Figure 1 shows the historic range of European Bison as it is currently understood. Light green represents the hypothetical range of the species in the Holocene, dark green shows the range of the bison in the late Middle Ages, while the areas in red include the range of the species in the twentieth century. No proven occurrences of European Bison for any period are currently known from Britain. The nearest faunal evidence recorded in an archaeological study by Norbert Benecke (2005) is early Holocene material from west Germany. Doggerbank is often cited as a location where remains of European Bison have been found (Vaughan 2022), although the present author can find no scholarly source for this information and the remains from Doggerbank appear to be Steppe Bison (Bison priscus).

Figure 1
Figure 1

The historic distribution of European Bison (Bison bonasus) (Source: Altaileopard, CC BY 3.0)

So, are Bison bonasus a reintroduction or an introduction? Of course, absence of evidence cannot be taken as evidence of absence. It remains possible that future studies might show that Bison bonasus was present in Britain. At the moment, however, there is a very poor basis for framing the species as a reintroduction to the British landscape, something which engagement with informed heritage professionals could have mitigated at an early stage. This is not to say that the project does not have immense value and narratives now appear to have changed, but incorrect historical context detracts from an otherwise worthwhile endeavour (see Turk 2022 for updated narrative).

Farming and sustainability

Despite the fact that human interference has often had a negative impact on Britain’s natural world, not all human intervention has been so. It is often perceived that farming in particular has been detrimental to nature and biodiversity as well as the health of our countryside. Certainly, this appears to be the case with some post-industrial land use, where chemical fertilisers, pesticides and herbicides, together with mechanisation and monoculture, have led to ecological impacts and soil degradation. Over the last 200 years these factors, as well as irresponsible forms of fishing, hunting and predator control have perhaps had the greatest impact on Britain’s wildlife. Anthropogenic climate change is set to cause intense ecological upheavals now and in the future, just as natural cycles of climate change did during prehistory.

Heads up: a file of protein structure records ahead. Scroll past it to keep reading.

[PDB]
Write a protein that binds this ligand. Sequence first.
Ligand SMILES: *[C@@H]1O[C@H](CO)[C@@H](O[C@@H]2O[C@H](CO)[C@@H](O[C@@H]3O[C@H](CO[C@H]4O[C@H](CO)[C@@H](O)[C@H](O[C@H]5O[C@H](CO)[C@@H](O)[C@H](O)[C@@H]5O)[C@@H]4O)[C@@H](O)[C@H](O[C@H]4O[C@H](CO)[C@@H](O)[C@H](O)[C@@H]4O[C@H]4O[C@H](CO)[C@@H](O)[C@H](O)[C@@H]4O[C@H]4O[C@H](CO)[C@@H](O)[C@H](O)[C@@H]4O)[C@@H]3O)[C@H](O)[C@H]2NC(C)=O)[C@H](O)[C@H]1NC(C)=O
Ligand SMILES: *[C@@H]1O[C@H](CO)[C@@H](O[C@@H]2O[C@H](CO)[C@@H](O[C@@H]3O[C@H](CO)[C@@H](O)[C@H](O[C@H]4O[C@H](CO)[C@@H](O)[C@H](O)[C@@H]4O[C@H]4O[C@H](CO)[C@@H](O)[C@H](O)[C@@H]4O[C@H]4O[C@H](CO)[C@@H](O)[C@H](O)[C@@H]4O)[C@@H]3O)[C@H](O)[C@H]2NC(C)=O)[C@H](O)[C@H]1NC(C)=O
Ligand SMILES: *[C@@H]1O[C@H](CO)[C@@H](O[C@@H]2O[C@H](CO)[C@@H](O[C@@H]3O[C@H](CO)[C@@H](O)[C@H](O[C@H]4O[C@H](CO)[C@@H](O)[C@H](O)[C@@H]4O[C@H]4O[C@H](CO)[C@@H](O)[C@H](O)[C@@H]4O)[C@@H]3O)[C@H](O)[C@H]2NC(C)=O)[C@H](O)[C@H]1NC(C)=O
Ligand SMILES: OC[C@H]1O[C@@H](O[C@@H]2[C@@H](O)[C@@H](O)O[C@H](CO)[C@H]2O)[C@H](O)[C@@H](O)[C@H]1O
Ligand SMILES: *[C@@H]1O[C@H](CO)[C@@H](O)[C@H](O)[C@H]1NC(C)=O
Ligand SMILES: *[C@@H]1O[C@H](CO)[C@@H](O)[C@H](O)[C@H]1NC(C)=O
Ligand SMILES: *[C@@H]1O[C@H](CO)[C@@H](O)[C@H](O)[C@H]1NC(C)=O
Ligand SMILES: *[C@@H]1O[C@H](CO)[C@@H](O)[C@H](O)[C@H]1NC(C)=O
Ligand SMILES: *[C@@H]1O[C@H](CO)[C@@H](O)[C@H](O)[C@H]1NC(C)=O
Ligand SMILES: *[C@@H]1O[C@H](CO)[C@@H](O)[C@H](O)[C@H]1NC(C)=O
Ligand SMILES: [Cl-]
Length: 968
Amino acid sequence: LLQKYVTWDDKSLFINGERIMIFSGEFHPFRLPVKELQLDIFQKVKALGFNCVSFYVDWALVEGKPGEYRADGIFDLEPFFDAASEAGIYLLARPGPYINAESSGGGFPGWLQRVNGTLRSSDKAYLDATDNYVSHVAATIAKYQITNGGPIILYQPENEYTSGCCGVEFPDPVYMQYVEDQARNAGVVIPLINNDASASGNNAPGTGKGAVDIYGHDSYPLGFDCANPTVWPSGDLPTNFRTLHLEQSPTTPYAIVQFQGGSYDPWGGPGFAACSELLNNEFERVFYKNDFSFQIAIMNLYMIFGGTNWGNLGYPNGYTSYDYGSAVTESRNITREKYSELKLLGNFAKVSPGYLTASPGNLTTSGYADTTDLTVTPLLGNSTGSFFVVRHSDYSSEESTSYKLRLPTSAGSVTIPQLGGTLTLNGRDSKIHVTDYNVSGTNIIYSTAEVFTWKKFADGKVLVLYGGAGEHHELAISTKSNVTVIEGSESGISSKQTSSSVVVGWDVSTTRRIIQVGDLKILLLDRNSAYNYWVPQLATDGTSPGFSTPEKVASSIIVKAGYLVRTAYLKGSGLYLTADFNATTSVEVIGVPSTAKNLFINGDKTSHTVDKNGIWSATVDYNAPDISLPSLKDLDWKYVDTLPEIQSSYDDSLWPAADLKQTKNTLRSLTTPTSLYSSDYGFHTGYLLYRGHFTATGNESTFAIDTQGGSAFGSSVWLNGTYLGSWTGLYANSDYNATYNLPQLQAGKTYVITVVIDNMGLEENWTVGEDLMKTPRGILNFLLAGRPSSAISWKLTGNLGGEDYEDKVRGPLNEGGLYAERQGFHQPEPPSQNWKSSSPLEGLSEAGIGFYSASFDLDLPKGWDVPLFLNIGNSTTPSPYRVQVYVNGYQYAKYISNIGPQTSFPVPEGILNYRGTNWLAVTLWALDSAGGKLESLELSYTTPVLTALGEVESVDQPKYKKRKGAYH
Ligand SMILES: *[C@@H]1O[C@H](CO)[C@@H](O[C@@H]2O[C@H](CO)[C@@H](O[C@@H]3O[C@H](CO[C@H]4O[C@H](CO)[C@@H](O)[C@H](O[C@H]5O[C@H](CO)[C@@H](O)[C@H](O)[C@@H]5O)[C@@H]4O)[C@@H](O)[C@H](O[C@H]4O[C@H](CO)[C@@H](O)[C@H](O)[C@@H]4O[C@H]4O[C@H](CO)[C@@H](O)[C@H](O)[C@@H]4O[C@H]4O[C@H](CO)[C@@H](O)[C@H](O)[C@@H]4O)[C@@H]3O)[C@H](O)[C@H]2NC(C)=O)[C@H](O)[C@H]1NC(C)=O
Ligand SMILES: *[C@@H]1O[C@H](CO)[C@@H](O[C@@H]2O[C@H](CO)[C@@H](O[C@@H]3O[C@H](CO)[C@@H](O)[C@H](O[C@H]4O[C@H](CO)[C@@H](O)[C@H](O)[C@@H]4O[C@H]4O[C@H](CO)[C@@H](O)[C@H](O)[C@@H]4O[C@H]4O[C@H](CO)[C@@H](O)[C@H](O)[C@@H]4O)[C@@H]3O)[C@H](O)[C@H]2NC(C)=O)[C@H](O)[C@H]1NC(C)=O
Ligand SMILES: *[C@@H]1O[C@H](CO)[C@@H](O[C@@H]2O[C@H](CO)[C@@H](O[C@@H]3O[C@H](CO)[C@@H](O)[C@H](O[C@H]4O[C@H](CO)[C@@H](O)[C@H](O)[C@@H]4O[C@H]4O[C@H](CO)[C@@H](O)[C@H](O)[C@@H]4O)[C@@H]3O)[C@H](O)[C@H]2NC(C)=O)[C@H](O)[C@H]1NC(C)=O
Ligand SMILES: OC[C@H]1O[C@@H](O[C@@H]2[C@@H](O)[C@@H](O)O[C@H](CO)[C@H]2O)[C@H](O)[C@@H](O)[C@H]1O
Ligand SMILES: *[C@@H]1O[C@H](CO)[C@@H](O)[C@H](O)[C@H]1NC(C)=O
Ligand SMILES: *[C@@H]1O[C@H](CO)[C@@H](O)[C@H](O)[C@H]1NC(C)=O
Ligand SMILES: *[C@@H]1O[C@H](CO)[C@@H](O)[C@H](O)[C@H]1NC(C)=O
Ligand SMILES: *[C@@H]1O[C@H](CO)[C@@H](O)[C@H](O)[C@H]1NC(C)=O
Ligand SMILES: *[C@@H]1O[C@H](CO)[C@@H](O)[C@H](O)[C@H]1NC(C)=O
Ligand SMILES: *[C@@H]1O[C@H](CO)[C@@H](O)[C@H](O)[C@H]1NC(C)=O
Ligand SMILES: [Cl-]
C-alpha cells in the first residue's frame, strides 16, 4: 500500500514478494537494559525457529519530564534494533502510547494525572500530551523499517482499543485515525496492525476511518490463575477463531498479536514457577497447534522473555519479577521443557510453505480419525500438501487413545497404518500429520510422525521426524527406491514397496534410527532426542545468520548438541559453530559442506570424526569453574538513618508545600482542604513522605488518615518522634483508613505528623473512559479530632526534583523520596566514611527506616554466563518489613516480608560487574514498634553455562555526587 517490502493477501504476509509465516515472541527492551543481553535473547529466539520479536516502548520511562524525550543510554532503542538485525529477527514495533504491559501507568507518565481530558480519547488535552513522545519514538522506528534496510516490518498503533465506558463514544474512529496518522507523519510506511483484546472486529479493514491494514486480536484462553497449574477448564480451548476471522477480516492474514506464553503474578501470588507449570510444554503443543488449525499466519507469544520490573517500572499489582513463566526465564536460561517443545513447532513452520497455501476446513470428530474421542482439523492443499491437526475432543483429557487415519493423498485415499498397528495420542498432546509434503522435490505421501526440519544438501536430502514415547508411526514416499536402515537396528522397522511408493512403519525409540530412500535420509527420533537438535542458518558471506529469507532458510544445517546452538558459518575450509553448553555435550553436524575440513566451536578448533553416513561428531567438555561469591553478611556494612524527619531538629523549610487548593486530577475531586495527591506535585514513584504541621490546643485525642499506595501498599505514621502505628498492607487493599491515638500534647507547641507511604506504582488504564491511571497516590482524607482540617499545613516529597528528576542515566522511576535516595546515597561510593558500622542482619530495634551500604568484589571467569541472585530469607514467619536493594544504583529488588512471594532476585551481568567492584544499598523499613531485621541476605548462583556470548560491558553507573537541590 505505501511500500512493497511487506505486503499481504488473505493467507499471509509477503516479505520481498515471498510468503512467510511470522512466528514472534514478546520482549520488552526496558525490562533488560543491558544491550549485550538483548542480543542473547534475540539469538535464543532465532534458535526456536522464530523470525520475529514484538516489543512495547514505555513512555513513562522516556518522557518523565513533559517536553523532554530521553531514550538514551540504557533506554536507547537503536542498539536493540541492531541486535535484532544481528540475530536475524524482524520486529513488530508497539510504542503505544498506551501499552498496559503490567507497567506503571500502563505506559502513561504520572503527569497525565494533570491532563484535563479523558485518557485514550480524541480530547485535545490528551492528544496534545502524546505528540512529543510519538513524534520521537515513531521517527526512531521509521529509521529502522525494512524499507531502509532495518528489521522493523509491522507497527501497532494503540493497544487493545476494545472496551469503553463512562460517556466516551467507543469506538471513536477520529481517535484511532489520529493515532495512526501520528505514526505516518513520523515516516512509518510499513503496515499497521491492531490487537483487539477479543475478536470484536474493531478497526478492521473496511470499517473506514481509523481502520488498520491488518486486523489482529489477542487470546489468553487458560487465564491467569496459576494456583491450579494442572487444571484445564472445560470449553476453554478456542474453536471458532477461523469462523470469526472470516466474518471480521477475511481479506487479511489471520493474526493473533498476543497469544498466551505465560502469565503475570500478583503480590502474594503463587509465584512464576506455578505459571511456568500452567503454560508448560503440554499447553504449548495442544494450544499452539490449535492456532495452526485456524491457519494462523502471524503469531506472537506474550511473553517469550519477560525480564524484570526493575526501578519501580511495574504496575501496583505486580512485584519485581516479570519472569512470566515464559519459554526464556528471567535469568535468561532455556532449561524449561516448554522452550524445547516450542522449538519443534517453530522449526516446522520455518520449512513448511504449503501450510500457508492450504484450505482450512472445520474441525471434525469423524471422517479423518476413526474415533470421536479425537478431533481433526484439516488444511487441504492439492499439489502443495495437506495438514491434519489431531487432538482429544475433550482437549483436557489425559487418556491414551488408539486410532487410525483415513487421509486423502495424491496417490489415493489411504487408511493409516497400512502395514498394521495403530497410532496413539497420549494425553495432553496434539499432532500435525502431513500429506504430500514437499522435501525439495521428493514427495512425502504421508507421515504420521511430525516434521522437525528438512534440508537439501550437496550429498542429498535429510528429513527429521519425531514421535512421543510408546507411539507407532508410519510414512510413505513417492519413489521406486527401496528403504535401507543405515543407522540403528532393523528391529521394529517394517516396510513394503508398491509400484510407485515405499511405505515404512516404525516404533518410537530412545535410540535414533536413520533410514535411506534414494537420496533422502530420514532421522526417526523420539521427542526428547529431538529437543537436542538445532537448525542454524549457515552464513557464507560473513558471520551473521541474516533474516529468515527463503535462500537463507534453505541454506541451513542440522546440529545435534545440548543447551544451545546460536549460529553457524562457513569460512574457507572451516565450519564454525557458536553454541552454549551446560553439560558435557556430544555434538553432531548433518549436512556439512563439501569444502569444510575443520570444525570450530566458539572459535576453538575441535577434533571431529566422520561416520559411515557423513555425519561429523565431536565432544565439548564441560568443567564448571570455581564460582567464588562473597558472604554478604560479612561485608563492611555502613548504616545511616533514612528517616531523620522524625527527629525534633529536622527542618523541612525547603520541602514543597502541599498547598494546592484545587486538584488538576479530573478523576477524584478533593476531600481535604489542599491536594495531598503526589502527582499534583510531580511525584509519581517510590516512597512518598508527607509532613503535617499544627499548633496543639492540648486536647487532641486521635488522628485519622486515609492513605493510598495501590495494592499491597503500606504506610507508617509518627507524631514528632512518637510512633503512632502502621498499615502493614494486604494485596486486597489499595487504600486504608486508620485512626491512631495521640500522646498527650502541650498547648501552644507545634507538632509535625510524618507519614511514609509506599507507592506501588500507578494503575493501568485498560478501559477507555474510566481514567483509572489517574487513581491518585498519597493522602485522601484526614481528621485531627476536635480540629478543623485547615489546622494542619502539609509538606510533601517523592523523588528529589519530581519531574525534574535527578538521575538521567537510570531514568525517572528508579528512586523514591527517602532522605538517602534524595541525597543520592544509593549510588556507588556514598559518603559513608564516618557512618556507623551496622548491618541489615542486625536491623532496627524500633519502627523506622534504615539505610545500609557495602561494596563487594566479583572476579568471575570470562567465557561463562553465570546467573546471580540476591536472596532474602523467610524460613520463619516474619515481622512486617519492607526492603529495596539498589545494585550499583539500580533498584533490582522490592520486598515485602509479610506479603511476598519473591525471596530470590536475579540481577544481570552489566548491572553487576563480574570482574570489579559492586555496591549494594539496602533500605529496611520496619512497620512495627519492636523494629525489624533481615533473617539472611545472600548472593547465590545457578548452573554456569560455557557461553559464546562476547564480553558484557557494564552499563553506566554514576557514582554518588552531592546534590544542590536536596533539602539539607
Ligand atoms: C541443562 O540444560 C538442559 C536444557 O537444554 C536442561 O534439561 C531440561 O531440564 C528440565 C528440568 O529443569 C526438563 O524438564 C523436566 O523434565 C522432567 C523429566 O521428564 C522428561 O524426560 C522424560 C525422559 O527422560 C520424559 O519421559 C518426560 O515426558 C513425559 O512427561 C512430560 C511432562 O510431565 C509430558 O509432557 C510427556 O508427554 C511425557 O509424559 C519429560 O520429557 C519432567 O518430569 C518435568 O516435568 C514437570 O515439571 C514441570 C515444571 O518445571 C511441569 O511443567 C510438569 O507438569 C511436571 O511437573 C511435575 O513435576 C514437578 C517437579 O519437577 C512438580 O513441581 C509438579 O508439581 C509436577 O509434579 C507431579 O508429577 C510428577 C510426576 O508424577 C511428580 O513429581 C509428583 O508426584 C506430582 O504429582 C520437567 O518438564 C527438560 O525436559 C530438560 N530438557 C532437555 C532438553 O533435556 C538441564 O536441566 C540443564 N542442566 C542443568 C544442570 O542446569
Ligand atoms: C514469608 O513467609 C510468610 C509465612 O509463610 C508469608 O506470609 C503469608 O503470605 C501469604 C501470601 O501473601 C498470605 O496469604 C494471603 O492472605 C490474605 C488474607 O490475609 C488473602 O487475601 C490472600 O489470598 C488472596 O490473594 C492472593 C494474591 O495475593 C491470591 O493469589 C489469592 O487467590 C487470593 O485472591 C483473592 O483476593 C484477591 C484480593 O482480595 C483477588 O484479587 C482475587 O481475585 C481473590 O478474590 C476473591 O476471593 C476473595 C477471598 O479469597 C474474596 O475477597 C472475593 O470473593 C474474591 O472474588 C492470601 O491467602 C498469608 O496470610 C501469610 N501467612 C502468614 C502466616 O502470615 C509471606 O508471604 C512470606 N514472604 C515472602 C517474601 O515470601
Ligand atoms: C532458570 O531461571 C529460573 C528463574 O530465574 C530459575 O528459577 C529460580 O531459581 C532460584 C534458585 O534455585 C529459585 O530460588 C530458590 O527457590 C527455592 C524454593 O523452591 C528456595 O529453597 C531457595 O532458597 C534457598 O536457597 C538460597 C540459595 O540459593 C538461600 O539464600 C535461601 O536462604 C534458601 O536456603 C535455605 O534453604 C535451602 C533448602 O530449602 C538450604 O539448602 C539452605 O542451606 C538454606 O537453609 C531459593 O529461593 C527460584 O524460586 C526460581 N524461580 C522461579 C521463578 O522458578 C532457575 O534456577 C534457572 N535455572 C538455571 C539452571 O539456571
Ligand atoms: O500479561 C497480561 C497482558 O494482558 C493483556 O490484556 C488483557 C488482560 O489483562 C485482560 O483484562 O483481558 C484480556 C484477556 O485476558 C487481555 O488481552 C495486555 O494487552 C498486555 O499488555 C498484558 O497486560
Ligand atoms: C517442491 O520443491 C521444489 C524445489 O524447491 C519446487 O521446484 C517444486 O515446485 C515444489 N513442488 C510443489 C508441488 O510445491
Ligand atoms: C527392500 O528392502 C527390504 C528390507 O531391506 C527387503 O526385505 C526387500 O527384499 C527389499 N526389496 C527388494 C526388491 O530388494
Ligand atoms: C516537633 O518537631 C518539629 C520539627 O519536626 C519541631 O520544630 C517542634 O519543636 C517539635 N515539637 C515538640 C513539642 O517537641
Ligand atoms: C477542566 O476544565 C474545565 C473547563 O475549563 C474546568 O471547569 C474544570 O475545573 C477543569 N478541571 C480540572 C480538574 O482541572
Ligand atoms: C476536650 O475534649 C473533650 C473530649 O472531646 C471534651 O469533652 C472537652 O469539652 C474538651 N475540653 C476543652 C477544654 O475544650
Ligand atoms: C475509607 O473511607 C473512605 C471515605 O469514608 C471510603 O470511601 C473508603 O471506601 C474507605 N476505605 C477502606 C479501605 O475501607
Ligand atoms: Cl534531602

In contrast to much modern farming, pre-industrial agriculture was, in many ways, geared towards sustainability and relied on natural inputs focused on soil health and the carrying capacity of the land. While direct aping of early farming might not solve modern agricultural issues, studying past pastoral, arable or mixed regimes can inform future developments and take the best elements from past land use and apply them in suitable contexts. It must be remembered that certain species (for example, the Corncrake) thrive alongside traditional agricultural regimes (Tyler et al. 1998; see also Figure 2) and that sustainable farming is essential to humanity’s survival.

Figure 2
Figure 2

The Corncrake would have thrived under medieval methods of manual scythe mowing (Source: © Jo Garbutt; CC BY 2.0)

Historic landscapes as habitat

Moorlands, heathlands, wooded commons and sheep-cropped downland are all a product of human intervention. The British countryside is composed of distinctive cultural landscapes, which contribute to the beauty and diversity of the countryside while also providing a sense of place. These landscapes originated at different periods, and all have evolved over time. Nevertheless, their essential characteristics often owe their foundations to particular land uses and agricultural practices. Within South East England, the sheep-corn husbandry of the South Downs and the exploitation of the Weald as wood-pasture (the practice of seasonal livestock grazing in combination with wood production) left a legacy in the morphology and ecology of the landscape. These human-influenced variations are all around us and people, together with animals, have manipulated habitats within the countryside for millennia. This is the case across the country, whether that be the peat uplands of South West England, the heaths of Breckland in East Anglia or the dynamic mosaic Ffridd landscapes that exist at the lowland–upland interface in Wales. These historic landscapes accentuate certain environments that in turn encourage certain species. Consider heathland specialists such as the Dartford Warbler or one of Britain’s most endangered insects the ‘wart-biter’, itself reliant on chalky grassland and suitable grazing regimes.